Arrested Development is back! After being cancelled seven years ago, it’s now been resurrected by Netflix. Fifteen new episodes make up season 4 and are all available instantly. So are they good? Do they live up to the classic previous seasons? Is that Gene Parmesan standing behind you? You’re about to find out!
If you’re new to Arrested Development I’ll give you some time to go and watch seasons 1-3…….OK you’re back, that was great wasn’t it? If you’re like me (which is officially the right way to be) you’ll love the story of a rich Orange County family who collide after the businessman father is jailed for a variety of crimes including treason. It’s one of, if not the best, television comedies ever created and season 4 gladly turns out to be a mostly worthy successor to it.
If you haven’t watched all the seasons then the rest of this article might read like a cartoon character’s acid trip. Season 4 takes a hugely ambitious risk by focusing on a different character in each episode meaning the entire season should be viewed as one massive nine hour movie. It’s the definition of box set viewing. This means that the first six or so episodes lack a certain immediate impact. These episodes are the set up for a ridiculously intricate plot that spans the entire series. I could try to explain it but I’d be prone to scrambling my own tiny brain. So I’ll just throw out some storyline crumbs that fans of the show can chew on.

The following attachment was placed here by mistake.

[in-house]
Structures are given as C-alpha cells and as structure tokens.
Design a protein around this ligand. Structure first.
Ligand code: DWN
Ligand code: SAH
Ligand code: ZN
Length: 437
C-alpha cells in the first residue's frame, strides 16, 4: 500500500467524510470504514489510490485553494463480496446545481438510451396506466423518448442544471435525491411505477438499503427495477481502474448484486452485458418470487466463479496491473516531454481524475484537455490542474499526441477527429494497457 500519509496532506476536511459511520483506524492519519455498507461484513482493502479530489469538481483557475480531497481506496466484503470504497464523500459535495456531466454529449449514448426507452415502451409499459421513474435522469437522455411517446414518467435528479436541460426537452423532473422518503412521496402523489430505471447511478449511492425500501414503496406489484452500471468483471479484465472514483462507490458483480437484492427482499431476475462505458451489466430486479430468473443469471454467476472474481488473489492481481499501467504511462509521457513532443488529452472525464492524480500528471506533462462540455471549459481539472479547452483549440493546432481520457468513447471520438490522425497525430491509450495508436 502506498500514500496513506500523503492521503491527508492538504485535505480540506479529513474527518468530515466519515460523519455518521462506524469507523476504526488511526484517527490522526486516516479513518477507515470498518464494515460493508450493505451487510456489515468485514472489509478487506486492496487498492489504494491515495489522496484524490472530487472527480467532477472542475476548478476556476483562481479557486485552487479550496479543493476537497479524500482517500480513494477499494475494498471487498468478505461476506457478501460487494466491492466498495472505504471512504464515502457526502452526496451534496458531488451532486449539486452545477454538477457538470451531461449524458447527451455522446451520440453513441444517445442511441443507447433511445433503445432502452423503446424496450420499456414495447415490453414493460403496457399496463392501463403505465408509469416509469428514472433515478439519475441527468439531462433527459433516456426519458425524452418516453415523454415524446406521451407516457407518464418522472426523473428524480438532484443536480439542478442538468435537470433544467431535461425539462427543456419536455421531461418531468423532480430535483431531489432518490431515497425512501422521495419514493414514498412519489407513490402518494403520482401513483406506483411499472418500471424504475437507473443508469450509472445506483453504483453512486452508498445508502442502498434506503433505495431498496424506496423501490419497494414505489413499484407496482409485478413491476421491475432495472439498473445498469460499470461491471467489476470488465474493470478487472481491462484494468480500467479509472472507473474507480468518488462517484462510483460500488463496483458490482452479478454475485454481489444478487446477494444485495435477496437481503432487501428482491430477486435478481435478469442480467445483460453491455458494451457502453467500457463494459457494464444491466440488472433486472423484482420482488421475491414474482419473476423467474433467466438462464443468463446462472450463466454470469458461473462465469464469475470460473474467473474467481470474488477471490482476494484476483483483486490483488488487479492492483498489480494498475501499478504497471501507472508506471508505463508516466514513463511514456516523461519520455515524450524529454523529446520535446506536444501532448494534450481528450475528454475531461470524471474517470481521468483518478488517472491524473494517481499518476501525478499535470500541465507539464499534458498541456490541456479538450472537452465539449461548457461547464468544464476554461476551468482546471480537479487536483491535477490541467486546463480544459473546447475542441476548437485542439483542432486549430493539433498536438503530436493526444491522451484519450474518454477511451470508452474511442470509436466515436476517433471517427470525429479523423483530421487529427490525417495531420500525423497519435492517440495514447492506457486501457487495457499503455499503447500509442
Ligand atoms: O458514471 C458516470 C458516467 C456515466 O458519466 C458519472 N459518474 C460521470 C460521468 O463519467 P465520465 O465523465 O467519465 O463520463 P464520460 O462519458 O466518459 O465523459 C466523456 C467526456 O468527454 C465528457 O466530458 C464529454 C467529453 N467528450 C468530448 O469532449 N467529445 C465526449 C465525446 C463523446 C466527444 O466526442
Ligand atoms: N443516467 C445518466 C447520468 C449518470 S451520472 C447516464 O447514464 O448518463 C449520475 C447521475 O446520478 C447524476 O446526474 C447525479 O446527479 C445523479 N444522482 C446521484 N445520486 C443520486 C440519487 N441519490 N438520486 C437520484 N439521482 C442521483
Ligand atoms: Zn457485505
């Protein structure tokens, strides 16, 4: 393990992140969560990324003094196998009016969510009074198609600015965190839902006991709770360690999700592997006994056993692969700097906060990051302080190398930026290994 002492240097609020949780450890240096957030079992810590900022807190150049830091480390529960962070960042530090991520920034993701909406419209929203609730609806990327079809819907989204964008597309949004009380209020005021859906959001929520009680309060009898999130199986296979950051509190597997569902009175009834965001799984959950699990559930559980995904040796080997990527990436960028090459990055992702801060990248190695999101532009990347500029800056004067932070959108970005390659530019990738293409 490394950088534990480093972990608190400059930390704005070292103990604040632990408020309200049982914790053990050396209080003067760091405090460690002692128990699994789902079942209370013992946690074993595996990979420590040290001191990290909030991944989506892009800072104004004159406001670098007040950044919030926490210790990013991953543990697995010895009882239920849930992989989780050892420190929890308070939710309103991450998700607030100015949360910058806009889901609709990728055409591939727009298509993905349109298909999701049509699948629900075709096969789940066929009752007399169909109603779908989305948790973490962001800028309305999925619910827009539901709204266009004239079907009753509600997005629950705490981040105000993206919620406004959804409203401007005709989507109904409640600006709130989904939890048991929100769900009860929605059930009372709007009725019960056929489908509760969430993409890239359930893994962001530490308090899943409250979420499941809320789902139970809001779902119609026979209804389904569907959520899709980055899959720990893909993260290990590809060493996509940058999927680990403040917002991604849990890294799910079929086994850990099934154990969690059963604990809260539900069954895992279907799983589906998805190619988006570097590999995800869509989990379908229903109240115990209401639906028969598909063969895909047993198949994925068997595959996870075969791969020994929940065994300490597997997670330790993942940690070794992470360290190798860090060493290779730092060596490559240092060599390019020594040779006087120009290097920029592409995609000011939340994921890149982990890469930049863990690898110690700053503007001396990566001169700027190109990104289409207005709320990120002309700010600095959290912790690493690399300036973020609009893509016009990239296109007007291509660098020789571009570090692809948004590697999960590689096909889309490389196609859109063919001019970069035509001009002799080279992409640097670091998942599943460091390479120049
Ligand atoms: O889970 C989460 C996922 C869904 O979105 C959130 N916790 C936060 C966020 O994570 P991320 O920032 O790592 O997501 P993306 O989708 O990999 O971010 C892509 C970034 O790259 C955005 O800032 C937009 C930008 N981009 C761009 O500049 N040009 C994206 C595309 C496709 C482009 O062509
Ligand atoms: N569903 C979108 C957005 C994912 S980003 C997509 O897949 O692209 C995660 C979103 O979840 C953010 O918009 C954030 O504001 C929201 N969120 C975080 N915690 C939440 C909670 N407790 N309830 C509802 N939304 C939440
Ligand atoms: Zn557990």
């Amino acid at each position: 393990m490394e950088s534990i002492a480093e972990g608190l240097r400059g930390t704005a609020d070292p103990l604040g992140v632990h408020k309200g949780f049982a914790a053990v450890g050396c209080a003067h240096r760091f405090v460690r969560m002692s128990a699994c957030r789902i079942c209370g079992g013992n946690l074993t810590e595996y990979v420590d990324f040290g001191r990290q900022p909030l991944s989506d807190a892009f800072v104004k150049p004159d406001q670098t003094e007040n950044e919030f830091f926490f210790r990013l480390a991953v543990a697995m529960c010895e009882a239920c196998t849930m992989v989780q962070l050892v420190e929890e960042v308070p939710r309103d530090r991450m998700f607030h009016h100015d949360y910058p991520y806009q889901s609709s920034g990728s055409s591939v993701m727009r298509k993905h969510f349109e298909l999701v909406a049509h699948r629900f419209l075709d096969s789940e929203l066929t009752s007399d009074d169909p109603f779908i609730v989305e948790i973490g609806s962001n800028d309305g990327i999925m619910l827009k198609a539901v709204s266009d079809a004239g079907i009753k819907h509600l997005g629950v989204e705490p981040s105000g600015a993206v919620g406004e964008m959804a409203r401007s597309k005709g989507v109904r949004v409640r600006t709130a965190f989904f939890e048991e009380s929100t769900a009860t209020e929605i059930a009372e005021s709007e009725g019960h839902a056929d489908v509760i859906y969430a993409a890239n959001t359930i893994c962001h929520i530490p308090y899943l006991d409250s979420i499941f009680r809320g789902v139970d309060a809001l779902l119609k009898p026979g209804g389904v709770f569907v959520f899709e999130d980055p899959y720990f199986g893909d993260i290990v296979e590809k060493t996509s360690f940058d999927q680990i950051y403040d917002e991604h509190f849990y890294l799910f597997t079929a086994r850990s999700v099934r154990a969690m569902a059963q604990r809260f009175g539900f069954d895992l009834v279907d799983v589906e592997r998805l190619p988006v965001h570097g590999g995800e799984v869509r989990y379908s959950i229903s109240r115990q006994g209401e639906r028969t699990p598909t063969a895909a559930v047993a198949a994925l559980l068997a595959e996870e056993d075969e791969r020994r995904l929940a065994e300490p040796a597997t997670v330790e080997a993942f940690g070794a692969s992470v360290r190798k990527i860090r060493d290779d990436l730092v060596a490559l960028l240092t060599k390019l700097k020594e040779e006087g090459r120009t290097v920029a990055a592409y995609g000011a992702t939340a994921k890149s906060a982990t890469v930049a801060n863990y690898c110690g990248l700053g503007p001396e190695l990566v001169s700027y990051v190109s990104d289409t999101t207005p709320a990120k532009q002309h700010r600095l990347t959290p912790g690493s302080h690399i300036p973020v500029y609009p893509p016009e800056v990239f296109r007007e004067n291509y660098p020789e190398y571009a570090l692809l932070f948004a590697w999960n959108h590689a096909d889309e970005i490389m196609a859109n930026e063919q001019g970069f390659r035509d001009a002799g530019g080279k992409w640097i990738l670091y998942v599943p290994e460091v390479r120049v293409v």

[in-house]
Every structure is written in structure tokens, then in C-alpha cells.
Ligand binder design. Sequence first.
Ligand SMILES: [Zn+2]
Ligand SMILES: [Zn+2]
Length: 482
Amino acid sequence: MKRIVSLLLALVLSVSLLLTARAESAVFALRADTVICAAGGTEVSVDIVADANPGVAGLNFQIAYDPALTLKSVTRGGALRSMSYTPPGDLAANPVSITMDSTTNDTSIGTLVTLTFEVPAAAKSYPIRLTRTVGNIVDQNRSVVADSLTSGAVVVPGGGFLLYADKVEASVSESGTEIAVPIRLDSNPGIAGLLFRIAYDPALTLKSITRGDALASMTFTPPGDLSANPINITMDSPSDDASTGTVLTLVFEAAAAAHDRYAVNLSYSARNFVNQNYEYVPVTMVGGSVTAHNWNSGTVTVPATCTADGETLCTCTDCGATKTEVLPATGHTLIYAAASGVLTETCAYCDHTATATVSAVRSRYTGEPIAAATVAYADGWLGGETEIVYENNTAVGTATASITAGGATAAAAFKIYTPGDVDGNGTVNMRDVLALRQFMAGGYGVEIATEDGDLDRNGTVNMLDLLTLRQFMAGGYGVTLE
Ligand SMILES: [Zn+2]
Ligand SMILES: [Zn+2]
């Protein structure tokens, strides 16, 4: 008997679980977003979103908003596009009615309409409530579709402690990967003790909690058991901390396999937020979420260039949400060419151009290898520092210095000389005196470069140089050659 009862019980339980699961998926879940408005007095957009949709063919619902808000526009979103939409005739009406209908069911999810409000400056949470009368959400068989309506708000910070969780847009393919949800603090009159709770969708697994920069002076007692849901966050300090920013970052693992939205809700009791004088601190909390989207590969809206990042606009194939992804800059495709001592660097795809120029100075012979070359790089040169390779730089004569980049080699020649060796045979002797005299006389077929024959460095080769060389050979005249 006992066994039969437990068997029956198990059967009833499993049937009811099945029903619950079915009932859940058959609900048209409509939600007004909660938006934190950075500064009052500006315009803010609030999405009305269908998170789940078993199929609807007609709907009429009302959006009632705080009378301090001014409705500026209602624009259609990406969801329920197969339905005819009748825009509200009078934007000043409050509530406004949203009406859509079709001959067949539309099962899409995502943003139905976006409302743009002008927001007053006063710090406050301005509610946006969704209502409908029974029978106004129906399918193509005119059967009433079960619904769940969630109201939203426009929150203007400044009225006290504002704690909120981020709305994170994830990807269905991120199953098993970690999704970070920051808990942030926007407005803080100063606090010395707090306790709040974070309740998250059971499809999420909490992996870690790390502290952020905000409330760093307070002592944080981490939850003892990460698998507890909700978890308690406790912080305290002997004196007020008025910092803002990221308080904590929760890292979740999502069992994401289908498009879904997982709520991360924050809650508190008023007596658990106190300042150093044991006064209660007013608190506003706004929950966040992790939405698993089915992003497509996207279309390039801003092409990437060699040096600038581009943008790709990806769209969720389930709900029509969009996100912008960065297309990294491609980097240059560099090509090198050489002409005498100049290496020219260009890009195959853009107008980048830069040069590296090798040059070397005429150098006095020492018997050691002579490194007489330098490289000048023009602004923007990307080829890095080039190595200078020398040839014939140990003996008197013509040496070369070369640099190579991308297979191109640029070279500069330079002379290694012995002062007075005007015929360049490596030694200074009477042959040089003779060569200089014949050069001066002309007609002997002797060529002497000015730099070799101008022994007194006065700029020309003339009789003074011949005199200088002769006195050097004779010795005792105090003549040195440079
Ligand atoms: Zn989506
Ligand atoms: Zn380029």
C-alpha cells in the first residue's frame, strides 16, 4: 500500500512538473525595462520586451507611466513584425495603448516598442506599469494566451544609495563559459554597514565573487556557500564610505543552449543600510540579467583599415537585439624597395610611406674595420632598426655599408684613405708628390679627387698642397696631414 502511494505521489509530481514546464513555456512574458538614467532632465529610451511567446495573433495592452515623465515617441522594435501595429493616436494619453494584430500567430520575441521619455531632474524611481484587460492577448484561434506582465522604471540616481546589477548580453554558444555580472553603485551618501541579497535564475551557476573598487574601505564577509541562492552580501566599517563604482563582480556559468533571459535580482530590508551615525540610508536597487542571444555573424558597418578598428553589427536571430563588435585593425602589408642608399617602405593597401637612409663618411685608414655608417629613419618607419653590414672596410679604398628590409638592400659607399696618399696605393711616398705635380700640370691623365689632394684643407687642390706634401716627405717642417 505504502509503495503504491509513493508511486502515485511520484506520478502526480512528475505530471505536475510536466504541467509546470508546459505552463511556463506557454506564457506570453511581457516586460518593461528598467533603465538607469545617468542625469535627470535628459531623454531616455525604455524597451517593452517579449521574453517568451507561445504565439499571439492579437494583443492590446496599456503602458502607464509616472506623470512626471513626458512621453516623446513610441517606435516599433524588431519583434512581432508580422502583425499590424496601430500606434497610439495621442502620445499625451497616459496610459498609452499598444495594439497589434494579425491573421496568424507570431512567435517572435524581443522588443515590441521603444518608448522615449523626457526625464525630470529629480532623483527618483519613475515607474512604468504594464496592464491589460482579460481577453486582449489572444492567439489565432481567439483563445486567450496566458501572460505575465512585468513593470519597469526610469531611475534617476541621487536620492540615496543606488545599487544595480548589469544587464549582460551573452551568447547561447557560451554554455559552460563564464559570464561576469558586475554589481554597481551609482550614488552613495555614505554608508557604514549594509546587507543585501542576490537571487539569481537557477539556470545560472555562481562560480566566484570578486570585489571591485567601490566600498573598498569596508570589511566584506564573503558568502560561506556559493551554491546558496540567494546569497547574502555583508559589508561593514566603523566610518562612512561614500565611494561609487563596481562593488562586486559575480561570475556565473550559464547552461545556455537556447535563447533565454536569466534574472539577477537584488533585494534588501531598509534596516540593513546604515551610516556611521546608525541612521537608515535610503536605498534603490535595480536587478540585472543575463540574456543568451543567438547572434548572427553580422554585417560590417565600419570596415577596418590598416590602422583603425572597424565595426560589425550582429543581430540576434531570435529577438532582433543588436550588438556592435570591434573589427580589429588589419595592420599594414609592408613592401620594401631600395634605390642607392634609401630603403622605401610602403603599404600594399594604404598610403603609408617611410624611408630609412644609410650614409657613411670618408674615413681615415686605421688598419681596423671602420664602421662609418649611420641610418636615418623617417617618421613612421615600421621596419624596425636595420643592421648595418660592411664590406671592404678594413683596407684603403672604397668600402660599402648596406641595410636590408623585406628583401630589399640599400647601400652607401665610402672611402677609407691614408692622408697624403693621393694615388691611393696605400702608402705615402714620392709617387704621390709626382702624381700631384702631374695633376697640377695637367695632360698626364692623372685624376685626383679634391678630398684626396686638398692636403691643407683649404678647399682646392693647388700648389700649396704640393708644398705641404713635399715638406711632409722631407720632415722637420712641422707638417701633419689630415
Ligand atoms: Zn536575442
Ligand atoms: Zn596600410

As I’ve mentioned each episode of season 4 revolves around a different character over the same six year period from when we last left the Bluths. Michael (Jason Bateman) is trying to romance Ron Howard’s daughter, George Bluth Snr (Jeffrey Tambor) is caught up in a plan to build a wall between the US and Mexico, and Lindsay (Portia De Rossi) is in a relationship with a married politician. These storylines are the foundation of what becomes the biggest farce ever attempted on TV and lead to some of the funniest situations in Arrested Development history. The best episodes revolve around George Michael (Michael Cera) starting a Zuckerberg style internet company, GOB (Will Arnett) marrying Ann Veal while trying to resurrect his magic career, and Buster (Tony Hale) getting a new hand. Mere words can’t convey how silly the whole thing is so it needs to be seen to be believed.
There is a definite feeling of disappointment when you view the first few episodes but stick with it and it reveals itself to be an unbelievably intricate puzzle that gets funnier and funnier. It’s the Marx brothers doing Rashomon and by the time you get to the last episode you’ll be desperate for more. The creators took a bold and dangerous risk but ultimately it pays off and you’re left with a true original – a stupid, silly, raucous comedy that’s the smartest piece of entertainment you’ll see until it (hopefully) comes back. If you like the idea of Tobias Funke (David Cross) being arrested as a sex offender while dressed as The Thing from the Fantastic Four then get your ass to Netflix now you ANUSTART!
[…] and in many cases outshone the movie world. Show’s like The Sopranos, Breaking Bad, and Arrested Development are arguably as good if not better than most films Hollywood […]